Absorption Rate in Louisville KY
You may have heard about absorption rates in real estate and wondered how this applied to the Greater Louisville KY area. First we need to define Absorption Rate and how Absorption Rate is calculated.
Absorption Rate is the rate at which homes are absorbed into the market. It could also be expressed as the number of months or weeks that it will take to clear the current inventory of real estate listings. A low Absorption Rate would indicate that homes are slow to sell and therefore, slowly absorbed into the market. A high Absorption Rate would be the opposite. The bottom line is that we are weighing supply and demand in the current housing market.
To calculate the Absorption Rate, we would to determine how many active and pending listings are available in a certain area, price range, etc. We use “pendings” as well, because they have not truly closed or “sold” yet. We then need to know how many completed sales were in the last month (or some other time frame). Now we divide the listings available, by the listings sold last month.
In the Fern Creek area, we sold 194 homes in the first 3 months of the year. We have an Absorption Rate of 64.67/month in that time period. Sometimes, Absorption Rate is expressed in months of supply. We had 846 homes to sell at the end of March giving us a 13.1 month supply. (846 homes/64.67 Absorption Rate) This example would be a low Absorption Rate. Keep in mind that this equation does not allow for new homes entering the market.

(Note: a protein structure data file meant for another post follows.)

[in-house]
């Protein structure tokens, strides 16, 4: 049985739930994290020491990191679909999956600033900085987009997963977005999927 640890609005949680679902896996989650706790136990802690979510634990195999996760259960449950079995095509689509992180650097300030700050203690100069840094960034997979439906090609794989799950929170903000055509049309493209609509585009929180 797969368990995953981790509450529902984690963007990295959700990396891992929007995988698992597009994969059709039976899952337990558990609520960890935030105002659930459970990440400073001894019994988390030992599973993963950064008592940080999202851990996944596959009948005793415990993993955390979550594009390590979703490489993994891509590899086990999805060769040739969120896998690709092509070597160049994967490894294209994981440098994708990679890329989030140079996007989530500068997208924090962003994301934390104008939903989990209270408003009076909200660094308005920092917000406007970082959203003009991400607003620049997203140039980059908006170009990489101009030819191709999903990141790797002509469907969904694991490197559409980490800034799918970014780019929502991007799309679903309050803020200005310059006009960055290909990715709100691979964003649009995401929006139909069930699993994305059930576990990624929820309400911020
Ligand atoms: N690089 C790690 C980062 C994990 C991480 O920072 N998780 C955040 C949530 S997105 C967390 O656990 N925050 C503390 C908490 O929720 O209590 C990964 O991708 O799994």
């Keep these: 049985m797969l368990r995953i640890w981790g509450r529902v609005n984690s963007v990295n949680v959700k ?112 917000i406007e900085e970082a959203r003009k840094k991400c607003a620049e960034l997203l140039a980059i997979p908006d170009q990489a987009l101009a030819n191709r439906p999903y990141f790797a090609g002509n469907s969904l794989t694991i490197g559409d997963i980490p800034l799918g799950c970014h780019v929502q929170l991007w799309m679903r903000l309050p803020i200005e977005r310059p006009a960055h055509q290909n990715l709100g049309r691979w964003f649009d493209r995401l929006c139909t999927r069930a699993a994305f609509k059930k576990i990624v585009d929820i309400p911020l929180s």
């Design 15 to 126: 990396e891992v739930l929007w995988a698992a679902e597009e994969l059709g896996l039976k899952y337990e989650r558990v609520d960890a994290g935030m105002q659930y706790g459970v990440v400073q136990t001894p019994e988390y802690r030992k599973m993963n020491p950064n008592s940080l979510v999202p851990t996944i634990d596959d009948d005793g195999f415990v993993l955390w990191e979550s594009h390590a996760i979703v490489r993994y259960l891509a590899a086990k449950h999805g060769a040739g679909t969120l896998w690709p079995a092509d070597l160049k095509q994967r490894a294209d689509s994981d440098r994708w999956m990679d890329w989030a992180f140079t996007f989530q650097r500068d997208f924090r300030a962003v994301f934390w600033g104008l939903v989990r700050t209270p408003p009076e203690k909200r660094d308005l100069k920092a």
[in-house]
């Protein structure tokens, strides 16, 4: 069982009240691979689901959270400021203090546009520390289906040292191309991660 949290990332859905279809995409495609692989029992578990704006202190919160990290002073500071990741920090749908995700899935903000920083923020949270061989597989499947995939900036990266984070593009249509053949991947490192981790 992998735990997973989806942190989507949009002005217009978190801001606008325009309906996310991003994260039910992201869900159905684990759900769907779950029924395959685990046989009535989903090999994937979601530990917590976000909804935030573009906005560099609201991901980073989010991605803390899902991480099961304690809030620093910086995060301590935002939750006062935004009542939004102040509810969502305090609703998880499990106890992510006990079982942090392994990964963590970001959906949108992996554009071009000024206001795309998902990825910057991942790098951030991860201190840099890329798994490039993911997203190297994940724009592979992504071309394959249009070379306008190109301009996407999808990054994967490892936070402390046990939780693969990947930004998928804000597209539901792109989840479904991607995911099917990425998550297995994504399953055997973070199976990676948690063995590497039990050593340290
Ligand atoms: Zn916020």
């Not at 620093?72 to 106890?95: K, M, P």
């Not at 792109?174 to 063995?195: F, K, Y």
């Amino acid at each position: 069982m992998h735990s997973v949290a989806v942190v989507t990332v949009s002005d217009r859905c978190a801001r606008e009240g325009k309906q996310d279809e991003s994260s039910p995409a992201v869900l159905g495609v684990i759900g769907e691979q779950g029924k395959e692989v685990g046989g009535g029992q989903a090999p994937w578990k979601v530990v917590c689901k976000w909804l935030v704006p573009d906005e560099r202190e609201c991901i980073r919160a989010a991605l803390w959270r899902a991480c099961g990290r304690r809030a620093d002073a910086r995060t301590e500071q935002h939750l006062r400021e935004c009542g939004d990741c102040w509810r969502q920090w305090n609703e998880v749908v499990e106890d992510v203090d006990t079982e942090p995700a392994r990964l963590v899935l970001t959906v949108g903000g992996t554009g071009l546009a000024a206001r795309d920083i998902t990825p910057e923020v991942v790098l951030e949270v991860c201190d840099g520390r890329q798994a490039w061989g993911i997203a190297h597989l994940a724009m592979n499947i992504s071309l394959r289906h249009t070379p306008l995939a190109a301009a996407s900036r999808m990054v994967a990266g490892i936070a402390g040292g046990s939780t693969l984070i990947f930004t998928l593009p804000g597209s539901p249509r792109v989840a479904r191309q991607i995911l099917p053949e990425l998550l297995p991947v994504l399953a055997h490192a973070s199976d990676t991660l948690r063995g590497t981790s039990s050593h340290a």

What about Seller’s market versus Buyer’s market? The old rule of thumb is that we have a seller’s market when we have a high Absorption Rate of 1-4 months. A buyer’s market is from a low Absorption Rate of 7 or more months.
It is easy to get lost in figures. It is best to refine the market numbers to county, market areas, price ranges, type of homes, etc. In the Louisville KY market, the Absorption Rate in Area 4 may vary widely from Area 8. Condo sales in Louisville versus stand-alone homes will be much different with condos having a much lower Absorption Rate. Another look at absorption would be price specific. A $500,000 listing will be on the market for much longer than a $100,000 listing due to the increased number of potential buyers.